· Look like you mean business for less. Even less expensive than the above courier mailings are padded jiffy bags, kraft envelopes and 9-by-12-inch envelopes, all generally associated with business mailings. Definitely formats worth testing as you try to get through to your target.


· Make your cornercard work for you. People pay attention to the return address. So when you send a mailing, think about whose name and title should be in your cornercard. Dreyfuss Hunt, a publisher of employee health newsletters that targeted small to midsized companies, used the fact that its publisher also was a medical doctor. The acquisition control package had Arnon I. Dreyfuss, M.D. in the cornercard. This approach would work for an attorney or CPA.


Such mailings are less likely to be tossed by the mailroom or screened by the assistant. Consider sending your mailing from an important executive or department in your company or having a celebrity spokesperson sign your letters and lend his or her name to your cornercard.


· Skip the name and title. Sometimes no name and title can work to get your piece opened. Industry trade magazine Advertising Age mails its subscription control with only its street address, city, state and ZIP code in the cornercard. Since recipients can't be sure who the piece is from, they may not risk throwing it out without opening it.


· Make a business mailing appear personal. A personal-looking mailing in a business environment can stand out. Addressing in a font resembling handwriting or marking a piece "personal and confidential" will achieve this effect (Only use the personal and confidential line if the contents justify it). Another technique to test is to "type" the sender's name under the company logo and return address in the cornercard. This personalization has lifted opening rates in tests.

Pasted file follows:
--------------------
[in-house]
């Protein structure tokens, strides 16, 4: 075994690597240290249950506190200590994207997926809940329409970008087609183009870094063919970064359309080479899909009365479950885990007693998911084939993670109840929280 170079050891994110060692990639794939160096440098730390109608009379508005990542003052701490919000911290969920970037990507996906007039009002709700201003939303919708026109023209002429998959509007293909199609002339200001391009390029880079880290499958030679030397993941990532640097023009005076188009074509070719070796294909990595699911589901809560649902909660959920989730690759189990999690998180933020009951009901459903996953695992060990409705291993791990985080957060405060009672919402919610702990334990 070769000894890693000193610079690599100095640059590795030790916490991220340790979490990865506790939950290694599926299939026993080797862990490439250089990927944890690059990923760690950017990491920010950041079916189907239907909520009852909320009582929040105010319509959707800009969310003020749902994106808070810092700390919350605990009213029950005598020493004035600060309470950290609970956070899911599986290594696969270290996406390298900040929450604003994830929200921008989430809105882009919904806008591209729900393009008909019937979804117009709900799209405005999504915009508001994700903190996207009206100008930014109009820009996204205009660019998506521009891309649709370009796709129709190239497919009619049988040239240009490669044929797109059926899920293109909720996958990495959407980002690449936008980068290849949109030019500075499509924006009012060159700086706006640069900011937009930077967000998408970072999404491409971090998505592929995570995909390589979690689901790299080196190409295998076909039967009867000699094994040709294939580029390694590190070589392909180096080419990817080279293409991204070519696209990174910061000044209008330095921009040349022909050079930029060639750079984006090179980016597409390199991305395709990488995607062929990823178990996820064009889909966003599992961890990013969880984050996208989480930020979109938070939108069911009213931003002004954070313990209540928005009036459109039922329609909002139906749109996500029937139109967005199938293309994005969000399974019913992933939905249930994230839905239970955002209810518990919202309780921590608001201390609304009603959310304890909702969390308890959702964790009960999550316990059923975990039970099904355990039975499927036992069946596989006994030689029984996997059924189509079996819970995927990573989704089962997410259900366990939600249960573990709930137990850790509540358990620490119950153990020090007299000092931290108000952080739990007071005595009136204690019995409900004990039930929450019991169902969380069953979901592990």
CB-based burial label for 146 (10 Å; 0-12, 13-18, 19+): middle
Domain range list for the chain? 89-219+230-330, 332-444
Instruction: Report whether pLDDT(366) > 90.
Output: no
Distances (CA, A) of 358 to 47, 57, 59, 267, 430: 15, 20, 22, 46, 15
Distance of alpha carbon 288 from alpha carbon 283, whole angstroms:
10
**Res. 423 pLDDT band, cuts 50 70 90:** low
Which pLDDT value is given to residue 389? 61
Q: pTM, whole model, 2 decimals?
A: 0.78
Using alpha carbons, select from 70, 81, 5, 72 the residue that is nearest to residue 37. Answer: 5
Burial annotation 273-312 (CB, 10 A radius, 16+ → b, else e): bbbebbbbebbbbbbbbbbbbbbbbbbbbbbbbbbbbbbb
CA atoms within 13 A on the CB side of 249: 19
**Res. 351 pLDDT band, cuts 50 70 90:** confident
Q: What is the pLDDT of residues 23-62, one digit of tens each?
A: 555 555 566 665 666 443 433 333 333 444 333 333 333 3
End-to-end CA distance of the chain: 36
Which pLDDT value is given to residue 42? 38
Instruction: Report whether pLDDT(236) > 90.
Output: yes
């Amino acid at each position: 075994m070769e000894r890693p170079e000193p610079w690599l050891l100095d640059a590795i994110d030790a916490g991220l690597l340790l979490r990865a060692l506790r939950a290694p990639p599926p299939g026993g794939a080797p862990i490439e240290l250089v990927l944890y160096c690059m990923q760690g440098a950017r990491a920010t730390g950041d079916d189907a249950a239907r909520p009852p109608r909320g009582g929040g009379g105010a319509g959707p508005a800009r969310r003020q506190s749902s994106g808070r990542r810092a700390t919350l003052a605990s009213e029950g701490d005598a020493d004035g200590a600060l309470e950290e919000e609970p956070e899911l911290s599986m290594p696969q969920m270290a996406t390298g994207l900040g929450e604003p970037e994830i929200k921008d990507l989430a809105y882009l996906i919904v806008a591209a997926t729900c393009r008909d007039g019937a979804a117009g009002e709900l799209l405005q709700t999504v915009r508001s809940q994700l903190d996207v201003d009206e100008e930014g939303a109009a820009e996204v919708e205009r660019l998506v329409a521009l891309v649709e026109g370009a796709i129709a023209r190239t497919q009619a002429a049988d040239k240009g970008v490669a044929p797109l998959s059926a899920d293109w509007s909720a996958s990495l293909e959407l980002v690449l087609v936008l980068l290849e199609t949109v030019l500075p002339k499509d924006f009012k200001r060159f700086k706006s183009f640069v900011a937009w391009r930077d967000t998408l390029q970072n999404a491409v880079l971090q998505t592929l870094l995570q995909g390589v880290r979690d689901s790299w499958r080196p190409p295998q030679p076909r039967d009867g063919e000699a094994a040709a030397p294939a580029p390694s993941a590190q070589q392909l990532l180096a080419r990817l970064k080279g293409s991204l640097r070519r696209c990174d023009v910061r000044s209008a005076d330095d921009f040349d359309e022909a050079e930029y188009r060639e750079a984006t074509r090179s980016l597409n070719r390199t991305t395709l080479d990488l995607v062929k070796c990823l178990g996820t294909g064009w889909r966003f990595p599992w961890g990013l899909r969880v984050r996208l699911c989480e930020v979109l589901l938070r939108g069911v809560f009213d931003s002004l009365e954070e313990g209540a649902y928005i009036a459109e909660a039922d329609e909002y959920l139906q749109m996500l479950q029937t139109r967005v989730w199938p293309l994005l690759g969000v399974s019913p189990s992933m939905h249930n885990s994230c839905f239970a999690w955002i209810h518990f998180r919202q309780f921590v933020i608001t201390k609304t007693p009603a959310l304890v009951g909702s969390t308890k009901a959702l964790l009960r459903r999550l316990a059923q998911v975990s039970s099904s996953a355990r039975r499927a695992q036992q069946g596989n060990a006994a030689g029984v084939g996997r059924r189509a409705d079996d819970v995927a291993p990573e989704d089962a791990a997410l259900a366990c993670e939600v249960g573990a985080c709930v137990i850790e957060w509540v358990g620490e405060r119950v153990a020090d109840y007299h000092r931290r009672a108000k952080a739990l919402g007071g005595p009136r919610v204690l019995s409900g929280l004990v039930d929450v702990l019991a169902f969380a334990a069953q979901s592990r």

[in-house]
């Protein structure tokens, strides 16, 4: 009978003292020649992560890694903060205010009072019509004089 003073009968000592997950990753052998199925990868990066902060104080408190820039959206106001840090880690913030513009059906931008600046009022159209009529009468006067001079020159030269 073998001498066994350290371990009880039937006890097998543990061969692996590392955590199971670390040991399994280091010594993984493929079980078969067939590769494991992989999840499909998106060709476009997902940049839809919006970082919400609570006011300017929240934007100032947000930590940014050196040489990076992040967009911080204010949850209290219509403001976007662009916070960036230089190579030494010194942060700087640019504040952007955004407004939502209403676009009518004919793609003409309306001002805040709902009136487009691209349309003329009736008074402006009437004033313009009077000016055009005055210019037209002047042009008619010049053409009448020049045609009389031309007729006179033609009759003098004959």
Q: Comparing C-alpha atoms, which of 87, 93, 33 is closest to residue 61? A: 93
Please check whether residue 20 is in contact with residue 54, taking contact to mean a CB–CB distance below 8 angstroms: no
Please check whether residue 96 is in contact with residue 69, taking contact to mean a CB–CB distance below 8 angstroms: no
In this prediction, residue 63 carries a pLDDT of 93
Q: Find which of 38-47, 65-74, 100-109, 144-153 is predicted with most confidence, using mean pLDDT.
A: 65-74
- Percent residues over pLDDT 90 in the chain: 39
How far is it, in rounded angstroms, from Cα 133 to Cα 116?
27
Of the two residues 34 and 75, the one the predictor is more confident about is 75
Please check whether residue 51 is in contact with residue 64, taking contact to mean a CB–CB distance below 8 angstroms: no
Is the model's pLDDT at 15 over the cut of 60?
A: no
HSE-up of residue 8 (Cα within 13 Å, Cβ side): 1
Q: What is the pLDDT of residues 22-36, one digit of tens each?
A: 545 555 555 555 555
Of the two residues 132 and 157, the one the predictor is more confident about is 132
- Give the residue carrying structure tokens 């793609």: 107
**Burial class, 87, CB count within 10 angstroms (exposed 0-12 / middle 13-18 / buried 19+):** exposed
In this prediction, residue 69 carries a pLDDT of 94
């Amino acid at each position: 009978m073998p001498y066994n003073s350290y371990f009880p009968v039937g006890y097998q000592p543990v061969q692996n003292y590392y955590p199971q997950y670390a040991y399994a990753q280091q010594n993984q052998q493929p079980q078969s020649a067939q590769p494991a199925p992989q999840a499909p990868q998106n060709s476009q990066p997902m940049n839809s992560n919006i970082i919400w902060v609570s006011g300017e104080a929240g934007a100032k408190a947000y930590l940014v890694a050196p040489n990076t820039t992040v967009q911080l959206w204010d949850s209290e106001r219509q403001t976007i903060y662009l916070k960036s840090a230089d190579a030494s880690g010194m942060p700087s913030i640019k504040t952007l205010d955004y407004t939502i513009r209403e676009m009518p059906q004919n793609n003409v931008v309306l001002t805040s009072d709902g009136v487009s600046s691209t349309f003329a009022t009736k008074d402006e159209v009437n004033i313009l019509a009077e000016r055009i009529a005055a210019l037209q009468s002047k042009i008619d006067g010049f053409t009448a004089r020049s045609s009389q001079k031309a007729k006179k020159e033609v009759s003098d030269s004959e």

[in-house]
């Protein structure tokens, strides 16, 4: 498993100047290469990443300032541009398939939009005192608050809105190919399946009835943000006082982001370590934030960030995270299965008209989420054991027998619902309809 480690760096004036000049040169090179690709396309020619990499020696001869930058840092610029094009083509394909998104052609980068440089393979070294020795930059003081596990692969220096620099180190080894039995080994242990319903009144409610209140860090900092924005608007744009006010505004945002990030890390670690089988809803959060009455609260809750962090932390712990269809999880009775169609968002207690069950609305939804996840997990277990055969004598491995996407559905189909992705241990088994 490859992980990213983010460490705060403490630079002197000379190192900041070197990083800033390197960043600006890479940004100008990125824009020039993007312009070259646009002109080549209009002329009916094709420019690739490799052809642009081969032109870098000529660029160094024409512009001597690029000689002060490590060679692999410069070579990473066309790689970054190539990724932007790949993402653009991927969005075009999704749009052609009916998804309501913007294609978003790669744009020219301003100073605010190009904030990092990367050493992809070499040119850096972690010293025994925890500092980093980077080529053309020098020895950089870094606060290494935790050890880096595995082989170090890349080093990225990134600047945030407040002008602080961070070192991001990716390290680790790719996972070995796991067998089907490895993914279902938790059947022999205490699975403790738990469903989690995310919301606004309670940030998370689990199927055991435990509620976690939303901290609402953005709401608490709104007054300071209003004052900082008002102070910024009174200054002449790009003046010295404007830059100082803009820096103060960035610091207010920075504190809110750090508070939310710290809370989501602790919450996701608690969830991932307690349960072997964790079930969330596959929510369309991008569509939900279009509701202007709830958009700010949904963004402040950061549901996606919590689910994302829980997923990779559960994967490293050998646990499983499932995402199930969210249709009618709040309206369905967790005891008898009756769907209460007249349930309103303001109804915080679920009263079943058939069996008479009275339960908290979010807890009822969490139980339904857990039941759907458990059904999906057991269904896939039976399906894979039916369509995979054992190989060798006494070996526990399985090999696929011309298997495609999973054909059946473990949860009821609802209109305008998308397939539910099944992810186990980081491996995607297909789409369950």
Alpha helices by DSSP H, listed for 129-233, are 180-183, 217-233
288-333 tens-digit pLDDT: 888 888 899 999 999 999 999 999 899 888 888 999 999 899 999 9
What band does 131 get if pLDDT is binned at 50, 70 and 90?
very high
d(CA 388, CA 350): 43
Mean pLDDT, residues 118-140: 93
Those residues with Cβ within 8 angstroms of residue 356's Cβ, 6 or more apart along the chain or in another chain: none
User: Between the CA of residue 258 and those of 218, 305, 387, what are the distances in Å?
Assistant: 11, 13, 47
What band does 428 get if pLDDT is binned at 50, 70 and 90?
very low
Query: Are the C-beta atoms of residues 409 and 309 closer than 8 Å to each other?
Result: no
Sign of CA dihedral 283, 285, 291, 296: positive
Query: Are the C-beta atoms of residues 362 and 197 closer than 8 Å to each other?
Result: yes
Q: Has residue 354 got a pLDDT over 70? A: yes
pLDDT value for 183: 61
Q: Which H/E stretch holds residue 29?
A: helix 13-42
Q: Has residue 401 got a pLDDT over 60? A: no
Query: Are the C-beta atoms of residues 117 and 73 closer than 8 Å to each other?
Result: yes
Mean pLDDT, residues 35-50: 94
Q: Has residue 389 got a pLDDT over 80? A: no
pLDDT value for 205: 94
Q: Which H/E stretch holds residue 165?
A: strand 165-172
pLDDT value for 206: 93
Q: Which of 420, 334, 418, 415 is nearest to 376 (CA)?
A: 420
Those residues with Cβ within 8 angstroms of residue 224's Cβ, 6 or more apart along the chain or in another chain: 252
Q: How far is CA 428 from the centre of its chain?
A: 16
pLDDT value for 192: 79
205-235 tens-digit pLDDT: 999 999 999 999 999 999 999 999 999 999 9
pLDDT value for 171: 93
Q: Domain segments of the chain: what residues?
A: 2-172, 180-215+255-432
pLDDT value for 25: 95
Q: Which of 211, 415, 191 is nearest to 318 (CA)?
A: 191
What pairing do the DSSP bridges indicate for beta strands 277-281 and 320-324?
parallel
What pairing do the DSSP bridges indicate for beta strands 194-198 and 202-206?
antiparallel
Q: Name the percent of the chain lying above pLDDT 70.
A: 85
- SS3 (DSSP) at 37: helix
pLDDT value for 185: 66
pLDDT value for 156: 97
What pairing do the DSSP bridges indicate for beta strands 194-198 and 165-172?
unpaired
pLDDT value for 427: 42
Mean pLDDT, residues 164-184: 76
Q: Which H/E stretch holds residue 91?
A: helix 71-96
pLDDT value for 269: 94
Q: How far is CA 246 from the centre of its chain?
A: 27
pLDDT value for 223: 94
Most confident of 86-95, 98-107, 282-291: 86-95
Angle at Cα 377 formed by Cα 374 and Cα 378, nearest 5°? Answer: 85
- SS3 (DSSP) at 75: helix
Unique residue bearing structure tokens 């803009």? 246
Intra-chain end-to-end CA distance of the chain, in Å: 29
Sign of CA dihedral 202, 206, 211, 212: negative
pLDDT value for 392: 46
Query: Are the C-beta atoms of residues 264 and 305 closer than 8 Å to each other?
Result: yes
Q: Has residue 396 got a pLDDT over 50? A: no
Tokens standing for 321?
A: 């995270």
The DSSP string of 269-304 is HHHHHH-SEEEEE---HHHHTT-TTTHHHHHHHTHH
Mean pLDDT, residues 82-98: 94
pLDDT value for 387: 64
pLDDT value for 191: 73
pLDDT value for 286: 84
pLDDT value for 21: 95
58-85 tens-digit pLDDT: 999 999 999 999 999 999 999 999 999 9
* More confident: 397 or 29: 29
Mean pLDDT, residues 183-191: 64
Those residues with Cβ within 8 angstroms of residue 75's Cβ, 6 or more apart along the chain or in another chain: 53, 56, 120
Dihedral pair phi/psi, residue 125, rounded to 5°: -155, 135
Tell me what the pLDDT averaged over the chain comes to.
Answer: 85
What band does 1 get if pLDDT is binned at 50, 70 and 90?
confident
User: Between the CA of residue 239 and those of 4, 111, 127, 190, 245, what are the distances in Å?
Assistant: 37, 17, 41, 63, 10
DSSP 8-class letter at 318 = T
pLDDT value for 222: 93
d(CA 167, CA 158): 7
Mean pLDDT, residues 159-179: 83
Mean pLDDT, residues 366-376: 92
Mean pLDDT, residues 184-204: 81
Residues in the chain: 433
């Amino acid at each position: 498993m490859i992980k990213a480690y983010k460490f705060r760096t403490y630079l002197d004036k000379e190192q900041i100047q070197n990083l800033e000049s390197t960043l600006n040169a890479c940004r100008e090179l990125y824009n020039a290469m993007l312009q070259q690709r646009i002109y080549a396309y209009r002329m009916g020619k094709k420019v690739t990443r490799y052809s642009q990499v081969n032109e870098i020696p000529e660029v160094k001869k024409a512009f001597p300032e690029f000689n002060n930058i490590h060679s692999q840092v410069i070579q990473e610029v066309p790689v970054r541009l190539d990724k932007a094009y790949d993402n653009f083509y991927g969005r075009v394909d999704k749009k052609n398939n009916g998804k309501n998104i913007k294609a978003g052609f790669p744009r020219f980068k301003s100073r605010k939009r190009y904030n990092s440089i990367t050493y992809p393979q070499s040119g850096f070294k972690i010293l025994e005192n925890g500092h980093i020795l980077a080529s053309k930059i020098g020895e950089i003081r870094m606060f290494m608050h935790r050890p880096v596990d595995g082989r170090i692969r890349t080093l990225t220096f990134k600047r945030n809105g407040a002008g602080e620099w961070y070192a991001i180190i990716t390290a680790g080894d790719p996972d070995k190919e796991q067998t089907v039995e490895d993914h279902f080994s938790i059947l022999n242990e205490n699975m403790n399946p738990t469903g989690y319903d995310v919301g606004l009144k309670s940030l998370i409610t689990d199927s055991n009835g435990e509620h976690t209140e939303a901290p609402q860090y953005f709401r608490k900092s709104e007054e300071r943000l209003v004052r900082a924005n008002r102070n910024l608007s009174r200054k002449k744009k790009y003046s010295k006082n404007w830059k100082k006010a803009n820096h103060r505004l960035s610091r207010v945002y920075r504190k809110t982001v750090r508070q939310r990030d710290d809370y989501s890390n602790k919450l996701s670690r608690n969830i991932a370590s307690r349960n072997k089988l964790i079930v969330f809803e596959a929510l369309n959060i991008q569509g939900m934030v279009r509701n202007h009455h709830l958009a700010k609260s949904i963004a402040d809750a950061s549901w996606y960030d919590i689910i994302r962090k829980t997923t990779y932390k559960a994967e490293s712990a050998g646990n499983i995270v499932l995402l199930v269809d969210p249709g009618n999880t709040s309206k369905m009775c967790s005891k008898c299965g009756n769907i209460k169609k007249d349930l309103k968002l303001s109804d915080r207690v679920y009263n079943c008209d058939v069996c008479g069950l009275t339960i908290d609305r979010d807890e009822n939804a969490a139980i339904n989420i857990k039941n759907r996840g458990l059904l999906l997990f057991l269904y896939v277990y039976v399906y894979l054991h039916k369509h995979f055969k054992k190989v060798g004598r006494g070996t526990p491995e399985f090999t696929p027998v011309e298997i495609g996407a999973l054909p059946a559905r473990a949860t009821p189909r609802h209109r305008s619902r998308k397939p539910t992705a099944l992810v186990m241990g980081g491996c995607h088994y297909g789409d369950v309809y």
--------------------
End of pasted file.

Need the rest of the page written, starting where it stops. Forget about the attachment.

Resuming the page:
· Use an unusual envelope. Envelopes that stand out often are opened first, and this applies in BTB, too. An outer envelope with two windows, an envelope with a side-zip opening or an envelope with a rubber stamp or seal on it will make your mailing different from the rest. So, too, will envelopes made of translucent, textured or heavier stocks.


Your test results, along with your timing, budget and the competitive arena will lead you to your best BTB format options. Remember, with all the competition out there, you need to think about the format your mailing will use, because it will have an impact on recipients that could determine whether they even see the message inside.